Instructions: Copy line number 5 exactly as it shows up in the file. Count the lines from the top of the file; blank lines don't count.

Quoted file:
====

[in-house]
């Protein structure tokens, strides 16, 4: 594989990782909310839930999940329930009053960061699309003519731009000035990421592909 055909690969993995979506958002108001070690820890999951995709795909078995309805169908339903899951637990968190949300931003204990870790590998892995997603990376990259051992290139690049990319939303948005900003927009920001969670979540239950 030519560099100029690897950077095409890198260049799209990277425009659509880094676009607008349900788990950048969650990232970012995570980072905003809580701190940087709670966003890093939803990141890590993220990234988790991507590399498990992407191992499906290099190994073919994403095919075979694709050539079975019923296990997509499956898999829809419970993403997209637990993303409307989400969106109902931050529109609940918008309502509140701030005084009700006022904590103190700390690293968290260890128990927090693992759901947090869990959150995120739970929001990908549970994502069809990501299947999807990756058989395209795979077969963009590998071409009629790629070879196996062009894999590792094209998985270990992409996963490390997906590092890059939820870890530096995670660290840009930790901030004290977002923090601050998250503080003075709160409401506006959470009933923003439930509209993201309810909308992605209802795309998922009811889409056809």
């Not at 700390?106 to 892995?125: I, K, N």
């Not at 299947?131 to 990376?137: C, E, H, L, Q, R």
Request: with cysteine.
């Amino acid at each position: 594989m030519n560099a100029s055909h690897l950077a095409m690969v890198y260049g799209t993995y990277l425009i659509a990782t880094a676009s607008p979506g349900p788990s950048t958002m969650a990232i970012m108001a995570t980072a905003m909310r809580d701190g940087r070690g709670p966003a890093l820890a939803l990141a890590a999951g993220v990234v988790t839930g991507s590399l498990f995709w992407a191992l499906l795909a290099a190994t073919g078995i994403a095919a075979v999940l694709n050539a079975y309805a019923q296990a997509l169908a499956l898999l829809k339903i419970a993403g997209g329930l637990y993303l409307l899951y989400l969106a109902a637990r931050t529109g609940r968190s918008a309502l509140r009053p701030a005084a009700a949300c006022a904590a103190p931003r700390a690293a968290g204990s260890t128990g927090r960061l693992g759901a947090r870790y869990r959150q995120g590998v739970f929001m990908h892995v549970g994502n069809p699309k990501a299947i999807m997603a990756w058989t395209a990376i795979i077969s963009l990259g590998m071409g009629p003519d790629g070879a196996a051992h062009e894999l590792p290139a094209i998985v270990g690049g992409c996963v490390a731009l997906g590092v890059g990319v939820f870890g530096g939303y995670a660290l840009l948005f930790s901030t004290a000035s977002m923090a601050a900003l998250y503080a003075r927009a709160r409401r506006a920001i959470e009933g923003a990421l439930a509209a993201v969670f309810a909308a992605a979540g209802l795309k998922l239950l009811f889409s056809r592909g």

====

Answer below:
Request: with cysteine.